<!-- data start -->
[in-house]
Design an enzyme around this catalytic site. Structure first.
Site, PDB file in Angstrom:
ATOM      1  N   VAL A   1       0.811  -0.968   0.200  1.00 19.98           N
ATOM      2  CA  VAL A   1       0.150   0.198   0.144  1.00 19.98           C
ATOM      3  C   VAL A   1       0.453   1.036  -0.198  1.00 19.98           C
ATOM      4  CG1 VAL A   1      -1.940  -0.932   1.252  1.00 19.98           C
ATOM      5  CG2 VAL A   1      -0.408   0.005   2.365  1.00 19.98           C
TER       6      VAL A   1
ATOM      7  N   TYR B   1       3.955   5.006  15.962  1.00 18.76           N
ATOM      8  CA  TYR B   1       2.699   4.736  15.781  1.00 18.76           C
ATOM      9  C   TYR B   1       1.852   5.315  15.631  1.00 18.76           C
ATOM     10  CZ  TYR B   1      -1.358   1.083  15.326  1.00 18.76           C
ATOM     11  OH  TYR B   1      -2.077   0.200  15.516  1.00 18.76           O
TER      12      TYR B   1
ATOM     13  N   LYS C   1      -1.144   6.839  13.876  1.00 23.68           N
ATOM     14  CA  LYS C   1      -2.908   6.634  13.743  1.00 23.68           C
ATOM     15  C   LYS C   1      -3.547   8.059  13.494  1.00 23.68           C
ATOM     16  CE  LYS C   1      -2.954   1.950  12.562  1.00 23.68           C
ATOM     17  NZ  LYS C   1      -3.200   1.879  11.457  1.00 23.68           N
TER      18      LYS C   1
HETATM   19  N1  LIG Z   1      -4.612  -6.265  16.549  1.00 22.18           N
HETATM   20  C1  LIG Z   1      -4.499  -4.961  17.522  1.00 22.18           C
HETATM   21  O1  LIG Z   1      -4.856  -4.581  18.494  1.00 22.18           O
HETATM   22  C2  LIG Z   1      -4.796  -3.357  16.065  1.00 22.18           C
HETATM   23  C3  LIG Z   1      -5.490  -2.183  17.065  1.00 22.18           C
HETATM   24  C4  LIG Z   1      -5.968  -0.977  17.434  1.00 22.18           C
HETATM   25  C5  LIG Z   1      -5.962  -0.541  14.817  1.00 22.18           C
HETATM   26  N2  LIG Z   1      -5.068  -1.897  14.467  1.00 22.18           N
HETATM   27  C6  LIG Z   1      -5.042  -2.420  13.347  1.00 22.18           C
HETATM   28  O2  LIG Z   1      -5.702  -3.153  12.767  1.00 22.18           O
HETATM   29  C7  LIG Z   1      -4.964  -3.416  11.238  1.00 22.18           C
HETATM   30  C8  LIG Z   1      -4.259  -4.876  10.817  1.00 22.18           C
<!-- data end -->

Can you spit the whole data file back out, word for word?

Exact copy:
[in-house]
Design an enzyme around this catalytic site. Structure first.
Site, PDB file in Angstrom:
ATOM      1  N   VAL A   1       0.811  -0.968   0.200  1.00 19.98           N
ATOM      2  CA  VAL A   1       0.150   0.198   0.144  1.00 19.98           C
ATOM      3  C   VAL A   1       0.453   1.036  -0.198  1.00 19.98           C
ATOM      4  CG1 VAL A   1      -1.940  -0.932   1.252  1.00 19.98           C
ATOM      5  CG2 VAL A   1      -0.408   0.005   2.365  1.00 19.98           C
TER       6      VAL A   1
ATOM      7  N   TYR B   1       3.955   5.006  15.962  1.00 18.76           N
ATOM      8  CA  TYR B   1       2.699   4.736  15.781  1.00 18.76           C
ATOM      9  C   TYR B   1       1.852   5.315  15.631  1.00 18.76           C
ATOM     10  CZ  TYR B   1      -1.358   1.083  15.326  1.00 18.76           C
ATOM     11  OH  TYR B   1      -2.077   0.200  15.516  1.00 18.76           O
TER      12      TYR B   1
ATOM     13  N   LYS C   1      -1.144   6.839  13.876  1.00 23.68           N
ATOM     14  CA  LYS C   1      -2.908   6.634  13.743  1.00 23.68           C
ATOM     15  C   LYS C   1      -3.547   8.059  13.494  1.00 23.68           C
ATOM     16  CE  LYS C   1      -2.954   1.950  12.562  1.00 23.68           C
ATOM     17  NZ  LYS C   1      -3.200   1.879  11.457  1.00 23.68           N
TER      18      LYS C   1
HETATM   19  N1  LIG Z   1      -4.612  -6.265  16.549  1.00 22.18           N
HETATM   20  C1  LIG Z   1      -4.499  -4.961  17.522  1.00 22.18           C
HETATM   21  O1  LIG Z   1      -4.856  -4.581  18.494  1.00 22.18           O
HETATM   22  C2  LIG Z   1      -4.796  -3.357  16.065  1.00 22.18           C
HETATM   23  C3  LIG Z   1      -5.490  -2.183  17.065  1.00 22.18           C
HETATM   24  C4  LIG Z   1      -5.968  -0.977  17.434  1.00 22.18           C
HETATM   25  C5  LIG Z   1      -5.962  -0.541  14.817  1.00 22.18           C
HETATM   26  N2  LIG Z   1      -5.068  -1.897  14.467  1.00 22.18           N
HETATM   27  C6  LIG Z   1      -5.042  -2.420  13.347  1.00 22.18           C
HETATM   28  O2  LIG Z   1      -5.702  -3.153  12.767  1.00 22.18           O
HETATM   29  C7  LIG Z   1      -4.964  -3.416  11.238  1.00 22.18           C
HETATM   30  C8  LIG Z   1      -4.259  -4.876  10.817  1.00 22.18           C